Ted Hawkins always resisted being called a blues singer, and a look at his repertoire shows why. While Hawkins' strong but weather-beaten voice could communicate sorrow and heartbreak as few others could, he could also summon up a joyous fire that's a wonder to behold, and he could work this magic with practically any song he chose to perform, from Sam Cooke's "Bring It on Home to Me" to John Denver's "Take Me Home, Country Roads." Both of those songs appear on Love You Most of All: More Songs From Venice Beach, which (as the title suggests) features 13 songs from the same 1985 bare-bones guitar and voice sessions that produced Hawkins' Songs From Venice Beach, and, like the earlier album, it consists primarily of tunes Hawkins sang while busking for change along the Venice, CA, boardwalk. "Take Me Home, Country Roads" features a striking, hypnotic coda, in which Hawkins chants "so glad I'm a country boy/so glad I'm a country boy" until he's taken Denver's song to a soulful place no one (except possibly Toots Hibbert) could have imagined it going, and Hawkins manages a similar alchemy with such chestnuts as "Green Green Grass of Home," "Your Cheatin' Heart," and even "North to Alaska," as well as more likely Sam Cooke and Otis Redding covers. On this disc's best moments, Hawkins stands beside Arthur Alexander as one of the great unacknowledged links between country and R&B. Unfortunately, the best of the material from these sessions was used on the first album, and the five originals recorded in 1990 that close out the album simply aren't on a par with such Hawkins compositions as "Strange Conversation," "Sorry You're Sick," or "The Good and the Bad." But he never sound less than committed on any of the 18 tunes of Love You Most of All, and anyone who has encountered the heart-tugging power of Ted Hawkins voice knows he never gave a bad performance in front of a microphone -- and this disc preserves more than a few great ones.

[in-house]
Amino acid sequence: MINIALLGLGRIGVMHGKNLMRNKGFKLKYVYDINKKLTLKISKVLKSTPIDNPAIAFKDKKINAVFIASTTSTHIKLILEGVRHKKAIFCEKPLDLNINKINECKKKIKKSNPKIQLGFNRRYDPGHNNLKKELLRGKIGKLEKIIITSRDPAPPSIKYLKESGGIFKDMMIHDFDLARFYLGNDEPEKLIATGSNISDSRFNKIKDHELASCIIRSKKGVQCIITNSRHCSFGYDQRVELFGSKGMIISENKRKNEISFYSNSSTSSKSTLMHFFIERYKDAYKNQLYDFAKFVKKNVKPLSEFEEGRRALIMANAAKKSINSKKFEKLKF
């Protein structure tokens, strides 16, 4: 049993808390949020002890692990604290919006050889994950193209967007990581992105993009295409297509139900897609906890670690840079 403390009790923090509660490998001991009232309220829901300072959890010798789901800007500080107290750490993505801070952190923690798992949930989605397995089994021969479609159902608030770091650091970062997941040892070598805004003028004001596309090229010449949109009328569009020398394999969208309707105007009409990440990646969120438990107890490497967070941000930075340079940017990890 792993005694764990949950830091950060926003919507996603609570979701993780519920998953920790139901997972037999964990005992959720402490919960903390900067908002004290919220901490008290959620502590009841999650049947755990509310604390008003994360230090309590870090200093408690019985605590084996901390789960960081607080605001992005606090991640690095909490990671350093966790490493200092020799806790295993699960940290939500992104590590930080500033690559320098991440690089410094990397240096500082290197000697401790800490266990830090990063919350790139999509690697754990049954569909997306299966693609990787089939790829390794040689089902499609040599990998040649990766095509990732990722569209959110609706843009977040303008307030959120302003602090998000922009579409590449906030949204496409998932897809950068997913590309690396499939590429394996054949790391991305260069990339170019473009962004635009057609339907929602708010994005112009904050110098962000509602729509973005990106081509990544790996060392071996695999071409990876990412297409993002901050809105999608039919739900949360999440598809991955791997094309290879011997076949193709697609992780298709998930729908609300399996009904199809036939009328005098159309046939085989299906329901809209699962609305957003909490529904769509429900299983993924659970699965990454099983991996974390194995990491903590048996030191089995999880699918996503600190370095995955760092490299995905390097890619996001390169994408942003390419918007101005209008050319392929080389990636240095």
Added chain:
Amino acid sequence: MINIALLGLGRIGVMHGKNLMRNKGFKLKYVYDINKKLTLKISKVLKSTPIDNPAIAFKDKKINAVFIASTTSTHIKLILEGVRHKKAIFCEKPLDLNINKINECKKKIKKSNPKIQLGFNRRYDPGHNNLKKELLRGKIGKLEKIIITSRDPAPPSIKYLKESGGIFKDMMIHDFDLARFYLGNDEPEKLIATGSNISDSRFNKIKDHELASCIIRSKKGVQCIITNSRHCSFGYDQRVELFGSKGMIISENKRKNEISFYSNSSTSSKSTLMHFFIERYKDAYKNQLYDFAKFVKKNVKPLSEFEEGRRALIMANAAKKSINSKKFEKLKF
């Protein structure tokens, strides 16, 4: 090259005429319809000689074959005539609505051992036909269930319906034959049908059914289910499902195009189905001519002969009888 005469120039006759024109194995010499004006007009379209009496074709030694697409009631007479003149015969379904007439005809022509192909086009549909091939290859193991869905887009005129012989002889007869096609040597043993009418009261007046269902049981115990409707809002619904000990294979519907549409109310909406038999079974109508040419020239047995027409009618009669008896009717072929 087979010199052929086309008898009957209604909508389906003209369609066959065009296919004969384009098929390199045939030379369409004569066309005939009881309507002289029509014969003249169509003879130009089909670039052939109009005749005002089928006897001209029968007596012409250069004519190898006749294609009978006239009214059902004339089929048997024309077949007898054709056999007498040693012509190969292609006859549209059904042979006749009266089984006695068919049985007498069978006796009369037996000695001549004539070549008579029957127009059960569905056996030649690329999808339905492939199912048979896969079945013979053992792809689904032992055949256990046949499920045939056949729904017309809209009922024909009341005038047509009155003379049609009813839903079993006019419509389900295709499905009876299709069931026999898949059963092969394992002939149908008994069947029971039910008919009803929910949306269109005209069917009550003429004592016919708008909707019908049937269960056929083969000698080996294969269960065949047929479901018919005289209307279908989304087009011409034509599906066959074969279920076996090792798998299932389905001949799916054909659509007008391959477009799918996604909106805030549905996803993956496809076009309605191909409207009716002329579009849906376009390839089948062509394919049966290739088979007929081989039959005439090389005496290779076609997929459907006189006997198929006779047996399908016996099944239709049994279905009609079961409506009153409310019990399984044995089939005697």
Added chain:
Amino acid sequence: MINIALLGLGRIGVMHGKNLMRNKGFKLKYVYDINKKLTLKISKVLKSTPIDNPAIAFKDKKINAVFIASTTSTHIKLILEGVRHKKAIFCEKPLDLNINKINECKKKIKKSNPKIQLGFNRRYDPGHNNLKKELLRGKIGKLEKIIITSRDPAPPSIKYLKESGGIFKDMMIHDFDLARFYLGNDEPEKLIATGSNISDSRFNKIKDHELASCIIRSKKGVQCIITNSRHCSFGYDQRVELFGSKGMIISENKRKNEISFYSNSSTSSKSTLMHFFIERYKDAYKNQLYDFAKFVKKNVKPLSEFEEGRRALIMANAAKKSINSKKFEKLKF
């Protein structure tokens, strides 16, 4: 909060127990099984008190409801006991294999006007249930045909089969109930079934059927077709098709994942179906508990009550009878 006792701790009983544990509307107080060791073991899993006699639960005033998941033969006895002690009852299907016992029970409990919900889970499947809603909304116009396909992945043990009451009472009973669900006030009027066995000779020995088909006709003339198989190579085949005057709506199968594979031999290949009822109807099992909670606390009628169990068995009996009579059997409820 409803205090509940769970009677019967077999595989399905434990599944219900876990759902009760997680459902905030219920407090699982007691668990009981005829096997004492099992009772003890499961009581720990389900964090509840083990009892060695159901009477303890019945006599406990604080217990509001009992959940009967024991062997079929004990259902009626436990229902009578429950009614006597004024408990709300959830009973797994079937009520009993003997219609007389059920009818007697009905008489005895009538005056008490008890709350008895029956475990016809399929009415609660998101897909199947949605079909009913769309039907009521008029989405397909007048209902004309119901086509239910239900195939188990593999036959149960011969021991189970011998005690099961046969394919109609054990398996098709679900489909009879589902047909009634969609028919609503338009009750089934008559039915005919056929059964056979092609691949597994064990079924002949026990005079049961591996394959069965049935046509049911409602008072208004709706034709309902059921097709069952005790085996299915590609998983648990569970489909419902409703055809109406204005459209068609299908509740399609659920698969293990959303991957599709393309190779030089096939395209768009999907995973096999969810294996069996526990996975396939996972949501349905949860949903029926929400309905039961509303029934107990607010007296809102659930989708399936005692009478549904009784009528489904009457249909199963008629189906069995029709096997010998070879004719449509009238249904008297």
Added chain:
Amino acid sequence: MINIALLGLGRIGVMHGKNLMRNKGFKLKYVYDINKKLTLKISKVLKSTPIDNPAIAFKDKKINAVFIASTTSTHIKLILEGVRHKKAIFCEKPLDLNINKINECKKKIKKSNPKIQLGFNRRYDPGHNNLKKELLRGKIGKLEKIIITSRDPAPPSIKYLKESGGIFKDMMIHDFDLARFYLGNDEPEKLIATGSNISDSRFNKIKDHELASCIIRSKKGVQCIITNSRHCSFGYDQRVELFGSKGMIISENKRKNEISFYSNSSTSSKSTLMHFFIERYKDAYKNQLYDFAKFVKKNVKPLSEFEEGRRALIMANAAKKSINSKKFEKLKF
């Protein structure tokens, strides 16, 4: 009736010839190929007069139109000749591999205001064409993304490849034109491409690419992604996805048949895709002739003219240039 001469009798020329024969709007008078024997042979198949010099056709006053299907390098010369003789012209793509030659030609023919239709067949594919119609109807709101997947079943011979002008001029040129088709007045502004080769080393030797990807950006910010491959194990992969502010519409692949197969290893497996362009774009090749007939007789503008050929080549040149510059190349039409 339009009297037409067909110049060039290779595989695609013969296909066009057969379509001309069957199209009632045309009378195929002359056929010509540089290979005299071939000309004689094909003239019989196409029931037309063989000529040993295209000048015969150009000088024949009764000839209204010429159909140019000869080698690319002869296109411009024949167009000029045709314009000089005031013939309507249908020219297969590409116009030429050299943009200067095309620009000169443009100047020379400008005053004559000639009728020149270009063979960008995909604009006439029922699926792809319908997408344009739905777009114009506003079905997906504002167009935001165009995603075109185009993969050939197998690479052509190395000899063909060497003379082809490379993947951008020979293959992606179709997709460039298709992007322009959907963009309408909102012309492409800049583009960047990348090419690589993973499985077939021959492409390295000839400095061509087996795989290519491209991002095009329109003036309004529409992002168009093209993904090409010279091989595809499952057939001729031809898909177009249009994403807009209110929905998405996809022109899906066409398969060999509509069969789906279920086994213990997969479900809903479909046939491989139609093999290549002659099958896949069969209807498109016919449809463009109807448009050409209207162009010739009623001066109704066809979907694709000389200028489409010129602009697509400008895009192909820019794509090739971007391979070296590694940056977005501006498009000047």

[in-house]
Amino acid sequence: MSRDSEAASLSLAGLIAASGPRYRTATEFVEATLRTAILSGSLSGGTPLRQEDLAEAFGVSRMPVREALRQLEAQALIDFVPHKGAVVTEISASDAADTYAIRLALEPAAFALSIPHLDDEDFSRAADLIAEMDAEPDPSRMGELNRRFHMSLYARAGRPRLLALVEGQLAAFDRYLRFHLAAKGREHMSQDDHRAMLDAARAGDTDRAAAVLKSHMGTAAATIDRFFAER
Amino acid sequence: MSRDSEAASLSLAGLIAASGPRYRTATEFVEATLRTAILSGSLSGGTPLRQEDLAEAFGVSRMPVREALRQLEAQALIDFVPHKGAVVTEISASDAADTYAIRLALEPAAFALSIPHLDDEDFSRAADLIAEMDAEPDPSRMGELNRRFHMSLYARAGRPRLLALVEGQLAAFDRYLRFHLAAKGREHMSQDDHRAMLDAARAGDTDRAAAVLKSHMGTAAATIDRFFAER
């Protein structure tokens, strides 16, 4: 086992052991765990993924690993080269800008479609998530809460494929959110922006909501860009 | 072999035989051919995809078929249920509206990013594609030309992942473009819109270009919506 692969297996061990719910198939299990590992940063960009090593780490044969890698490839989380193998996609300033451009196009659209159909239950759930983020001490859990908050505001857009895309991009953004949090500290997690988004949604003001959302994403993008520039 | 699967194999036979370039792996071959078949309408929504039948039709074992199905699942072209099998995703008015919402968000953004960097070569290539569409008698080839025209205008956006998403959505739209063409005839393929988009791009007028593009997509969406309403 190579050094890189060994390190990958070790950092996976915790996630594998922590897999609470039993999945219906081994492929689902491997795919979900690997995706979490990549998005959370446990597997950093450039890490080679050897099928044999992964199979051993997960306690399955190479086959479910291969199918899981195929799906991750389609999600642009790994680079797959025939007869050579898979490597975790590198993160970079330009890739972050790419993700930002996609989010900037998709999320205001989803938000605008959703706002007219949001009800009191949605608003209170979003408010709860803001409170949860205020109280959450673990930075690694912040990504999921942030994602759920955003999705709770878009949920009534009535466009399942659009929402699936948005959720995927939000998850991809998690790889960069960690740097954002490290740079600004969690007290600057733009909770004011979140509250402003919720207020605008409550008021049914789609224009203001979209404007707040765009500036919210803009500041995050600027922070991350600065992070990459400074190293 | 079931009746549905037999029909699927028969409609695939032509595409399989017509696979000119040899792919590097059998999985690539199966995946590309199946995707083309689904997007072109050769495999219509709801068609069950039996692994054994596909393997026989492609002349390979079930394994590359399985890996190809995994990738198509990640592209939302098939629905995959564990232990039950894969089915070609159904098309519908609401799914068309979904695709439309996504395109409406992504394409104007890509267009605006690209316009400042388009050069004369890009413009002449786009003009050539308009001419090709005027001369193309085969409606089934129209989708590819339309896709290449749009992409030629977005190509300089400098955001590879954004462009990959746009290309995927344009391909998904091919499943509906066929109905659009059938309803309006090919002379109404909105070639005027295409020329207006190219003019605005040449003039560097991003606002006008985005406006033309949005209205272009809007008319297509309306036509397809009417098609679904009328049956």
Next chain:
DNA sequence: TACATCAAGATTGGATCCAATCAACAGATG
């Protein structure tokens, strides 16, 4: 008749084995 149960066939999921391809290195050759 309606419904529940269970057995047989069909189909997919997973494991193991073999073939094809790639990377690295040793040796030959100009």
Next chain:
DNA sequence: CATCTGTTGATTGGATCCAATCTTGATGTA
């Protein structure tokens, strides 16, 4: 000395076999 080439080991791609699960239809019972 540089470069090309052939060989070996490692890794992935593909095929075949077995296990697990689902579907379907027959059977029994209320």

AllMusic Review by Mark Deming